and reptiles and amphibians, including the flathead snakes, king snakes, fence lizards and box turtles, also enjoy this woodland habitat.
Travis Mills, the area manager at Peck Ranch CA, says habitat diversity is the key for woodland management as well as in managing for most wildlife species. He says the rebounding wild turkey population has proven it.
MDC foresters realized some time ago that woodlands need fire, so they incorporated prescribed fire into their management of the area. The woodlands also needed some thinning to balance the system. Part of this is related to Missouri’s historical logging industry. By about 1910, most of Missouri’s forests had been cut heavily with little regard for sustained forestry. A hundred years ago, a ridge-top view like the one at Stegall Mountain on the front cover would have revealed hillside after hillside of stumps and sprouts—a stark contrast to the lush hillsides found there today.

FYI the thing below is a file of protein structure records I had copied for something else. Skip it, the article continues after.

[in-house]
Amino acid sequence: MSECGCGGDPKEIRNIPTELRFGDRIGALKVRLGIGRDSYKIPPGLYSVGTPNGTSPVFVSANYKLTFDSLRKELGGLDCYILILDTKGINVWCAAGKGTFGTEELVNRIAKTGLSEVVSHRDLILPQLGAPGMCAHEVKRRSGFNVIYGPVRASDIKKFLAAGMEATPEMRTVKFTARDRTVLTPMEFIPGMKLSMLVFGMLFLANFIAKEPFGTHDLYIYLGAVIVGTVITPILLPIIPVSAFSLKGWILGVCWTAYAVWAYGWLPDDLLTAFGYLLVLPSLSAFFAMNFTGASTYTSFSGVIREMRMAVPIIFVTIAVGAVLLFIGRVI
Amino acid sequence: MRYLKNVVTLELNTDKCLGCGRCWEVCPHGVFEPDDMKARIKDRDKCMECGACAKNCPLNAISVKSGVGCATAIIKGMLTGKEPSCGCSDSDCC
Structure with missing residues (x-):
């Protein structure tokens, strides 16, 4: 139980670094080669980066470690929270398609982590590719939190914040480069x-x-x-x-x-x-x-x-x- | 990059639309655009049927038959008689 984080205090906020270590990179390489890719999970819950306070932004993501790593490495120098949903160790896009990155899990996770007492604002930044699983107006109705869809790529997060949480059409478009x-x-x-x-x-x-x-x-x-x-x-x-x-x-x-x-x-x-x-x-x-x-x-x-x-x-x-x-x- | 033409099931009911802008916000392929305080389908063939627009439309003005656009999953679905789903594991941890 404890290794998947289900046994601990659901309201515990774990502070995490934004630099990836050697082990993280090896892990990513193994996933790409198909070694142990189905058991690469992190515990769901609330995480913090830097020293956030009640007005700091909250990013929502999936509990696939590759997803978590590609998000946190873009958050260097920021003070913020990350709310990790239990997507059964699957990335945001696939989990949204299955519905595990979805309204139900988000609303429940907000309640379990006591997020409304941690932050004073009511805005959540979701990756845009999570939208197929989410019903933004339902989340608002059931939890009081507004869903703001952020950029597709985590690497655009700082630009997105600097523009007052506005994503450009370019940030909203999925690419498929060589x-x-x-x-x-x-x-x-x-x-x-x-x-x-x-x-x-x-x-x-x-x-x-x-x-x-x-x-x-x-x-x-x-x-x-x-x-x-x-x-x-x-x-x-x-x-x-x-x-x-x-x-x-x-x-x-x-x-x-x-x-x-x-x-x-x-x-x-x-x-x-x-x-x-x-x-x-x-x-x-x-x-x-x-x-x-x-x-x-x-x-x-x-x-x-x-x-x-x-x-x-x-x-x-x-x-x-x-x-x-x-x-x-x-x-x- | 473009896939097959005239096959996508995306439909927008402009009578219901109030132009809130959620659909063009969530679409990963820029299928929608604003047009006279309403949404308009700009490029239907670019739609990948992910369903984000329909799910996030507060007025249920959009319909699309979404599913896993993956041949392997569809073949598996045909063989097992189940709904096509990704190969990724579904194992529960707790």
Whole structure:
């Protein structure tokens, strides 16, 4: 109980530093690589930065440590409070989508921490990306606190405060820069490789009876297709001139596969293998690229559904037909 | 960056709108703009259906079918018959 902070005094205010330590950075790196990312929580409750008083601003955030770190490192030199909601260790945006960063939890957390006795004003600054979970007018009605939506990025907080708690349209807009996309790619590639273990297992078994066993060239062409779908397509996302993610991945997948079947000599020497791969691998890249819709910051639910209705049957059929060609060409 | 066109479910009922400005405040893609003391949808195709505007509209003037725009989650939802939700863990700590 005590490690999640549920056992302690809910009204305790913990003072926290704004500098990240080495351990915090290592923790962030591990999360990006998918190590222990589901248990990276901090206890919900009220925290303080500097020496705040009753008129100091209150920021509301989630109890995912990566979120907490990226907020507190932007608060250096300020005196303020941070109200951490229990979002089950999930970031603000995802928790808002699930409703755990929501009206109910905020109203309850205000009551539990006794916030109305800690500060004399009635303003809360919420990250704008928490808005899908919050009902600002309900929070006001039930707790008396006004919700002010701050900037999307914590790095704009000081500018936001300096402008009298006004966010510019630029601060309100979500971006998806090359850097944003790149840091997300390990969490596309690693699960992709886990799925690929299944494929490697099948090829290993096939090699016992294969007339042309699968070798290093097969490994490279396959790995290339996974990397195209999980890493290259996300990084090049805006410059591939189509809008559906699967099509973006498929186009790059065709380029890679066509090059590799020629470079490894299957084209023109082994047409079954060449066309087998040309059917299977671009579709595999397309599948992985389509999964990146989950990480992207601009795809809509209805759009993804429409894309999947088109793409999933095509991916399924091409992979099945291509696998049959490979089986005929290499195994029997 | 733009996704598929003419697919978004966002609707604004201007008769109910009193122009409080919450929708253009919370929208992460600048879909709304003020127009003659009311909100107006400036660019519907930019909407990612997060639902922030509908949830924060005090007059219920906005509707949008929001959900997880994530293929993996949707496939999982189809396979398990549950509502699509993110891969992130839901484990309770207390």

As the land began to heal through the ’20s and ’30s some changes took place. Pines were replaced by red oak species that were able to stump sprout and regenerate more easily than the pine. Limited fire on the landscape didn’t help the pines and allowed a forest of thick red oaks to jump up in their place.
In 1937, turkey season was closed statewide because of the dramatic decline in the wild turkey population. In response, the Conservation Commission purchased Peck Ranch for wild turkey management in 1945. In the 1940s, only 3,000 turkeys remained in the entire state of Missouri. In 1952, biologists at Peck Ranch only recorded nine turkeys, according to Houf. From the beginning of the turkey restoration program in 1954, to the spring of 1979, wild turkeys were relocated from Peck Ranch to 142 areas in 87 counties. A total of 2,611 turkeys were trapped and released in Missouri.
Woodland management continued to improve, and the wild turkey population grew in response. Foresters who paid attention to the red oak decline in the 1990s began to see the wisdom in spacing the woodland trees a bit more to give hearty trees a chance to thrive. They also witnessed how pines thrived on hot, sunny, rocky sites with poor soil, which showed pine to be the best choice for the site. Pine made a great host for the ground cover below that many species use for forage and insects.
“The wild turkey was on the